The recently updated Tunity app helps you overcome TVs that are either muted or drowned out.
Rick BroidaSenior Editor
Rick Broida is the author of numerous books and thousands of reviews, features and blog posts. He writes CNET's popular Cheapskate blog and co-hosts Protocol 1: A Travelers Podcast (about the TV show Travelers). He lives in Michigan, where he previously owned two escape rooms (chronicled in the ebook "I Was a Middle-Aged Zombie").
Of all of the crises faced by this great nation -- and there are many -- few rival the aggravation caused when you can't hear the TV!
Suppose, for example, you're trying to watch football at the local wings-and-beer joint, but there's too much noise; you can't hear the commentary, can't hear the instant-replay results of that controversial call.
Suppose crazy Uncle Mike (who's also mostly deaf) wants to watch his political-punditry shows at full volume while the rest of you are trying to each a peaceful (and non-political) dinner.
Or suppose you just want to watch TV in bed, but your spouse just wants to sleep.
For those and other situations, you need a way to hear TV audio without disturbing -- or being disturbed by -- others. App to the rescue!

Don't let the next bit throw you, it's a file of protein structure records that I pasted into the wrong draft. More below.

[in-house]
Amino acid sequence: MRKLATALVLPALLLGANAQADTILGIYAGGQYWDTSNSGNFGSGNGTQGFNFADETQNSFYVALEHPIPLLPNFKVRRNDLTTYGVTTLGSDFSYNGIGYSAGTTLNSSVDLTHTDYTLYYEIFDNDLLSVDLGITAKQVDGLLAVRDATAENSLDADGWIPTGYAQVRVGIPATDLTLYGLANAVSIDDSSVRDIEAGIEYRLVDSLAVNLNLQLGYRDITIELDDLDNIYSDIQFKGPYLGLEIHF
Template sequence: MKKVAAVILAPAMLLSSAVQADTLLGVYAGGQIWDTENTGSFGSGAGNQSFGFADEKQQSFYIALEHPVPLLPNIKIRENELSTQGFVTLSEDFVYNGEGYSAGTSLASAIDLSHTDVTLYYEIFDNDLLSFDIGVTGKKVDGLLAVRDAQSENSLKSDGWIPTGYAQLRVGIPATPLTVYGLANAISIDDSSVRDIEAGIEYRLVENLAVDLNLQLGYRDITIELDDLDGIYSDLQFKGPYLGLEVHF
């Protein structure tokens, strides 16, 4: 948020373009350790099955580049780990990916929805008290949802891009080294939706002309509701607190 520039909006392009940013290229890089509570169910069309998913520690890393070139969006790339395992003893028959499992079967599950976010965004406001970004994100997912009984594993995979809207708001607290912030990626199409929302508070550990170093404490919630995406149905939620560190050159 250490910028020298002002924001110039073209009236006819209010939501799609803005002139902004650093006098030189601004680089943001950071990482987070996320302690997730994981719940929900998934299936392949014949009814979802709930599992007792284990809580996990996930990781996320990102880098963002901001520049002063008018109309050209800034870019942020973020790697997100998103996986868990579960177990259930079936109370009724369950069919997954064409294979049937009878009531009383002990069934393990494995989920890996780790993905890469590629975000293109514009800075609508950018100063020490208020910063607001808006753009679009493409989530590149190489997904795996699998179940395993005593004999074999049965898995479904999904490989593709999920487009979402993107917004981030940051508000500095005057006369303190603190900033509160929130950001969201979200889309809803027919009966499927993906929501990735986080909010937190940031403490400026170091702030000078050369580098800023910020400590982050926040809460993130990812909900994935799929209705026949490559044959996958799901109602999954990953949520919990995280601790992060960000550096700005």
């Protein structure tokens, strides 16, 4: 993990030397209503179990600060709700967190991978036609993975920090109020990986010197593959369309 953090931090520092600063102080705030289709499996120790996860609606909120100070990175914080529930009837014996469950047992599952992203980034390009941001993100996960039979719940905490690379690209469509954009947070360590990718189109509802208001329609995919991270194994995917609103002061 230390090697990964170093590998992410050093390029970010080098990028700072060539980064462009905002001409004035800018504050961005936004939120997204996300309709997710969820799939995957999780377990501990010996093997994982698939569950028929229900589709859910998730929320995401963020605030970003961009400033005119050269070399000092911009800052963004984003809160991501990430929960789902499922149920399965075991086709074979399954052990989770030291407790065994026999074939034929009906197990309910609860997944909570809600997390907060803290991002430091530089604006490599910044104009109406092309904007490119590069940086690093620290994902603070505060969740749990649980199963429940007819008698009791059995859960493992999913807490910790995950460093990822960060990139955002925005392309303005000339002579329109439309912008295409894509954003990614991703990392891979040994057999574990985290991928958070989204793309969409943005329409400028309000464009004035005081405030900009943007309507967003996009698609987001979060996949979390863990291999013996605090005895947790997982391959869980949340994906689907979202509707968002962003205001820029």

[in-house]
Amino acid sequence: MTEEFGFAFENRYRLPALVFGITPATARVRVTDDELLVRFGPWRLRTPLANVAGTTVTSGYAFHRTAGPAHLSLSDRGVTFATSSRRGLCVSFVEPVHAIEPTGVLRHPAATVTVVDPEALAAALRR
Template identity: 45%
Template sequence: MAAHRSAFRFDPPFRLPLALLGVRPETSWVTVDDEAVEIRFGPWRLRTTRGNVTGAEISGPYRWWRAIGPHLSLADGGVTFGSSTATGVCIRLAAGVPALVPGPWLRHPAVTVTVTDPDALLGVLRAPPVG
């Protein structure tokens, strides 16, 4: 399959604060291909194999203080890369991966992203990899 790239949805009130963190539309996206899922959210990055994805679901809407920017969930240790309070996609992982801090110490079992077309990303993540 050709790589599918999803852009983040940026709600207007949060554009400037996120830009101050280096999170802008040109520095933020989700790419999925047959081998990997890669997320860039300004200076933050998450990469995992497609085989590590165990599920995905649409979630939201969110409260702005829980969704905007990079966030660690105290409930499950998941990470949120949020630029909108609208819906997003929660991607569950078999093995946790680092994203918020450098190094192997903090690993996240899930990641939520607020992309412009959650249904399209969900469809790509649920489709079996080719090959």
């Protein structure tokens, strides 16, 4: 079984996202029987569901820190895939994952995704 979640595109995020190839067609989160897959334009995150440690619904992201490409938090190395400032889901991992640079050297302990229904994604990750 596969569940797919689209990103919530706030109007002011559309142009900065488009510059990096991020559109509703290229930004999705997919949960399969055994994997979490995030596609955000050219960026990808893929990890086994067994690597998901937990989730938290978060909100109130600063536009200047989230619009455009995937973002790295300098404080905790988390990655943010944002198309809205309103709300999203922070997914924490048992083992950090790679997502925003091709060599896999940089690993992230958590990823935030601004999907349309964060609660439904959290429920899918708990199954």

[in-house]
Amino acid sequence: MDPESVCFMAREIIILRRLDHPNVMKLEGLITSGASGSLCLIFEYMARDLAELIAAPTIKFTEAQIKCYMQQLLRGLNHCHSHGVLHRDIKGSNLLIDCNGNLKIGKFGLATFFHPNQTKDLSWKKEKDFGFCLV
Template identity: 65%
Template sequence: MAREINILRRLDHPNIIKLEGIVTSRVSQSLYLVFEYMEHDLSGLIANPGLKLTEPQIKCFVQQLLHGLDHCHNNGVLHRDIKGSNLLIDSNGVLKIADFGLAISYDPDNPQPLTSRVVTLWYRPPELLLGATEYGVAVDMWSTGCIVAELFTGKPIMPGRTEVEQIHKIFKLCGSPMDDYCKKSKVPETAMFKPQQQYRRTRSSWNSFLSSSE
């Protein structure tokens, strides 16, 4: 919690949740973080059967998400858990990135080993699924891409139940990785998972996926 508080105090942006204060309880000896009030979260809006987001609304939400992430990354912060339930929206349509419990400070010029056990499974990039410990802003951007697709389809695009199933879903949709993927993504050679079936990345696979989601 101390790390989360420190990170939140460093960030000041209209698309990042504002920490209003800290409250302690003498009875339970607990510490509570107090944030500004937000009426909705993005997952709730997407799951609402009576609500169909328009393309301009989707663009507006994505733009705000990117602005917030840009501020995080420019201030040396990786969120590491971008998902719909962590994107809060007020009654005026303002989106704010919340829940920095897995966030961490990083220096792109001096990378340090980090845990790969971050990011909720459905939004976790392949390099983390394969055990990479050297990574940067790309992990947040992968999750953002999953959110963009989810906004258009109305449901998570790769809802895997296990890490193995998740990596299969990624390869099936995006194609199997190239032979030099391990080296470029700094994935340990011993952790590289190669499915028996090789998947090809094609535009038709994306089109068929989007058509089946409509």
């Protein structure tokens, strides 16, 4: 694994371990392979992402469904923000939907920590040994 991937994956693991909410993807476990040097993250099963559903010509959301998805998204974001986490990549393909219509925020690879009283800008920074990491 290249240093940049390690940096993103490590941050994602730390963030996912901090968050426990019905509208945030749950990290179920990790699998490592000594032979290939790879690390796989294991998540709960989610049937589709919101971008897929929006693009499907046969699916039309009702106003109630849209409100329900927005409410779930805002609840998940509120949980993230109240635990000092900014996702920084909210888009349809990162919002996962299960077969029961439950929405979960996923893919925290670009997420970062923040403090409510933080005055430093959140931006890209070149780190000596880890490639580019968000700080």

It works like this: You simply point your phone's camera at the TV and let the Tunity app "scan" the screen. Although the actual scanning happens very quickly, it can take a full 10 to 20 seconds for the audio to kick in. So it's not ideal for channel-hoppers.
But it's definitely ideal for football fans: According to the developer, Tunity will support over 95 percent of NFL games this season and all national Division I college football games.
In my tests (Comcast + iPhone 6s Plus), the app worked as advertised on major networks like A&E, ESPN, Food Network and TNT (it supports a whopping 100 channels, way more than it used to). But it had trouble with the local cable channel that airs my Detroit Tigers games.
Also, Tunity works only with live broadcasts, meaning you can't use it with shows you've recorded. Even if you just hit pause on your DVR, the audio will continue, effectively leaving you out of sync until you "catch up" to the live stream.
If and when the audio lands out of sync, you can tap the fine-tune controls to adjust it.
Owners of certain Roku models know the joys of plugging a pair of headphones into the remote for silent listening. Tunity affords the same thing for live TV, but costs nothing except some of your smartphone's juice.
This probably isn't something you'd use every day, but when you need it? Wow, is it handy.